South Island: Southland, Fiordland.

Chatham Islands, Solander Island, Stewart Island, Snares Islands, Antipodes Islands, Auckland Islands, Campbell Island.

Altitudinal range: 0–260 m.

Blechnum durum occurs only in coastal regions of the far south from Fiordland to the Catlins district, on Stewart Island, the Chatham Islands and the subantarctic islands. It never grows above c. 20 m on the South Island, but reaches 180 m on Antipodes Island and 260 m on Chatham Island.


Blechnum durum is a terrestrial fern of salt-spray, confined to damp rocks, boulders, cliffs, peat, and stream banks close to the sea. It often forms dense colonies under coastal forest and in Veronica elliptica, Brachyglottis rotundifolia or Olearia scrub. In the subantarctic it grows in Poa litorosa tussock, Dracophyllum scrub and Bulbinella herbfield. It is frequently associated with Blechnum banksii, Asplenium obtusatum and A. scleroprium.

Indigenous (Endemic)

n = 28 Brownlie 1954), 2n = 66 (Chambers 1954).

Brownlie, G. 1954: Introductory note to cyto-taxonomic studies of New Zealand ferns. Transactions of the Royal Society of New Zealand 82: 665–666.
Brownsey, P.J.; Perrie, L.R. 2019: Taxonomic notes on the New Zealand flora: lectotypes and a new combination in Blechnaceae. New Zealand Journal of Botany 57(4): 238–248.
Brownsey, P.J.; Perrie, L.R. 2021: Blechnaceae. In: Breitwieser, I. (ed.) Flora of New Zealand — Ferns and Lycophytes. Fascicle 29. Manaaki Whenua Press, Lincoln.
Brownsey, P.J.; Smith-Dodsworth, J.C. 2000: New Zealand ferns and allied plants. Edition 2. David Bateman, Auckland.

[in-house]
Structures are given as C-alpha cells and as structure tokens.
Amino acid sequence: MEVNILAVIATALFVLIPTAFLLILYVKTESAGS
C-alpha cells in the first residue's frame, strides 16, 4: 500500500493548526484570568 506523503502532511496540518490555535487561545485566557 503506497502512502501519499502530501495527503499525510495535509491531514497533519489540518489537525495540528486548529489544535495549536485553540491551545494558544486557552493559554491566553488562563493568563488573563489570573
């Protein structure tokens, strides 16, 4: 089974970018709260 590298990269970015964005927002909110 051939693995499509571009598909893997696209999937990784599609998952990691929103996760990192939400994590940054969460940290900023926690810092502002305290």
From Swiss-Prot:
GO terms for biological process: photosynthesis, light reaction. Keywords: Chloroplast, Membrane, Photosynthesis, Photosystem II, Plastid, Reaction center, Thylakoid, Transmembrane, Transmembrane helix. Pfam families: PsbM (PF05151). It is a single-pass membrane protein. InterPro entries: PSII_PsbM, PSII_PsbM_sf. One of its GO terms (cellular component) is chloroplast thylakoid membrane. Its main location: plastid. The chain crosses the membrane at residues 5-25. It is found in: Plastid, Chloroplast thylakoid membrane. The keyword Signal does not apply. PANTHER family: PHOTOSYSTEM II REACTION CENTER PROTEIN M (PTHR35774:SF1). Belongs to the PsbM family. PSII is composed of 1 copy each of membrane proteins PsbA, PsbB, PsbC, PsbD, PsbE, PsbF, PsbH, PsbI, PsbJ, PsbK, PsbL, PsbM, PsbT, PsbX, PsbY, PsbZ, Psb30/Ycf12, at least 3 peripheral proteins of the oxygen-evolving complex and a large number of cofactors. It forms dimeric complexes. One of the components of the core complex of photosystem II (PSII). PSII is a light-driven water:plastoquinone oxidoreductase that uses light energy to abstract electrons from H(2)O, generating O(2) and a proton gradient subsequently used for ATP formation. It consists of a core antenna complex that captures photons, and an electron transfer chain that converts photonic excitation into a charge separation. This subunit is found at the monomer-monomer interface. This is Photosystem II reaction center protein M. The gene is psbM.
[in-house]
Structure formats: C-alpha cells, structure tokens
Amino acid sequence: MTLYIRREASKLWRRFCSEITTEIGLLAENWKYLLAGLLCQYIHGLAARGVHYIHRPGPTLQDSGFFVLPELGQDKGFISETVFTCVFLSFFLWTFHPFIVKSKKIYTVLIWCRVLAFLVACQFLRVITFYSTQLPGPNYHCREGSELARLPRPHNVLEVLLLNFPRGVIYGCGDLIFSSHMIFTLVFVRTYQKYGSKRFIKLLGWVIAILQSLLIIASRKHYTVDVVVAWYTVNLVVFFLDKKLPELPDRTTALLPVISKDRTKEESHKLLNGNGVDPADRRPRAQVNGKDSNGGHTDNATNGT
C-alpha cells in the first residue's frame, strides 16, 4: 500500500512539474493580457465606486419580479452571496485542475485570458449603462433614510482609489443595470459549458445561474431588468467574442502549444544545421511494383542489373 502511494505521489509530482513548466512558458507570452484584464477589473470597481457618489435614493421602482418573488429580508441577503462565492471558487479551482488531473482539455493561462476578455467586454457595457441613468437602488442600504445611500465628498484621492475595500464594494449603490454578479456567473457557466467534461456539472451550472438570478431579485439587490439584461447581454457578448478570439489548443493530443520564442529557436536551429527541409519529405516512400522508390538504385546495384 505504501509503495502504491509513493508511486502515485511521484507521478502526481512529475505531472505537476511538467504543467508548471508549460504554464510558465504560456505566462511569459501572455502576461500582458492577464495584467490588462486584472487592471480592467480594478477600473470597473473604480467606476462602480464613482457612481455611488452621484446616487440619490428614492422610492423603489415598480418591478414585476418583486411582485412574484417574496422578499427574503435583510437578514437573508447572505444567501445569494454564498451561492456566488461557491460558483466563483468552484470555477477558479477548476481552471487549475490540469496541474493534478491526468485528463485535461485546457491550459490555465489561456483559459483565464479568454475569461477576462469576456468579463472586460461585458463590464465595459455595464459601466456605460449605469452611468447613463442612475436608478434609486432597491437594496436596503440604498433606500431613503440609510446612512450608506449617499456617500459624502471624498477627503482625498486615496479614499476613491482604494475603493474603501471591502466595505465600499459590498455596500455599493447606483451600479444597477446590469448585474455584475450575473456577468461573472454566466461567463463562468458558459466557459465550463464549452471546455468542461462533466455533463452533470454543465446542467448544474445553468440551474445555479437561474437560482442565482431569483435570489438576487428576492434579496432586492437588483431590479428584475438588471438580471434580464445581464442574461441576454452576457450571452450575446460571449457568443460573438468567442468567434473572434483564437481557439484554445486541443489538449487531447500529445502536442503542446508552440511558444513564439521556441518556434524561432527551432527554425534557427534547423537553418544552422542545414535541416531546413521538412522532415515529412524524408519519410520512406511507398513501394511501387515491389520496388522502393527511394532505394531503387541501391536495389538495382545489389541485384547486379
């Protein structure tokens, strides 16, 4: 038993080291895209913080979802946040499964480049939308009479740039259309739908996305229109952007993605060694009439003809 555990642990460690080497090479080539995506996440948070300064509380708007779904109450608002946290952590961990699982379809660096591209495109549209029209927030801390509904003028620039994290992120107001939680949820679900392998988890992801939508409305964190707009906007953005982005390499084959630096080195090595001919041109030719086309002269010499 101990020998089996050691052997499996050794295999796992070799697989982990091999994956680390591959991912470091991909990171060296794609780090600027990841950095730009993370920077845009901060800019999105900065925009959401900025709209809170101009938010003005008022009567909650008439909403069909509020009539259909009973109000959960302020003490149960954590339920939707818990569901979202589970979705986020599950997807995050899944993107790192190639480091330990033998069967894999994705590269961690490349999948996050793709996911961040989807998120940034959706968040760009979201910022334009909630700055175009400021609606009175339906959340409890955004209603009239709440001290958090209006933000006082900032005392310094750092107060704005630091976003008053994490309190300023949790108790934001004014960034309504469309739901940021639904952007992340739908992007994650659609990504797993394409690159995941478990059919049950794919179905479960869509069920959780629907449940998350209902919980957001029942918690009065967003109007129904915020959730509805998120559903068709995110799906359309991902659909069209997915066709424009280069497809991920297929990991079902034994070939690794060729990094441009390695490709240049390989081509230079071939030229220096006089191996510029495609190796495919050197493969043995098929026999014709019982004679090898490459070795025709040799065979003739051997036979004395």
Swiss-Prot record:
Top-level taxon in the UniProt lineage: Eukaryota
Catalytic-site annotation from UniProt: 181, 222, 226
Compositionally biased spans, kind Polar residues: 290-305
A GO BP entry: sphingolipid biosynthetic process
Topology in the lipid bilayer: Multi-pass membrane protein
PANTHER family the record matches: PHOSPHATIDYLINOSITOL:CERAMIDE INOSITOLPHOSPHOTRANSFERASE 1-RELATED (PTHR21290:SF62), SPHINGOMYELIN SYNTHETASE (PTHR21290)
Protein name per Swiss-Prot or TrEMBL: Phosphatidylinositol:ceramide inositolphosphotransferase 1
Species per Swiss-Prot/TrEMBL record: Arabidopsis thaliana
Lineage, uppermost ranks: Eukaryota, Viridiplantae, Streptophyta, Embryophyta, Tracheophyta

Chambers, T.C. 1954: Experimental studies on the genus Blechnum in New Zealand. Unpublished M.Sc. thesis. Auckland University College, University of New Zealand.
Ching, R.C. 1940: On natural classification of the family "Polypodiaceae". Sunyatsenia 5(4): 201–268.
Christensen, C. 1905–1906: Index Filicum. Hagerup, Copenhagen.
de Lange, P.J.; Rolfe, J.R.; Barkla J.W.; Courtney, S.P.; Champion, P.D.; Perrie, L.R.; Beadel, S.N.; Ford, K.A.; Breitwieser, I.; Schönberger, I.; Hindmarsh-Walls, R.; Heenan, P.B.; Ladley, K. 2018: Conservation status of New Zealand indigenous vascular plants, 2017. New Zealand Threat Classification Series No. 22. [Not Threatened]
de Lange, P.J.; Rolfe, J.R.; Champion, P.D.; Courtney, S.P.; Heenan, P.B.; Barkla, J.W.; Cameron, E.K.; Norton, D.A.; Hitchmough, R.A. 2013: Conservation status of New Zealand indigenous vascular plants, 2012. New Zealand Threat Classification Series 3. Department of Conservation, Wellington. [Not Threatened]
Gasper, A.L. de; Dittrich, V.A.O.; Smith, A.R.; Salino, A. 2016: A classification for Blechnaceae (Polypodiales: Polypodiopsida): New genera, resurrected names, and combinations. Phytotaxa 275(3): 191–227.
Kuntze, C.E.O. 1891: Revisio Generum Plantarum. Vol. 2. Arthur Felix, Leipzig.
Moore, T. 1866: New garden ferns. Gardeners’ Chronicle and Agricultural Gazette 1866: 290.
Smith, J. 1866: Ferns, British & Foreign. Robert Hardwicke, London.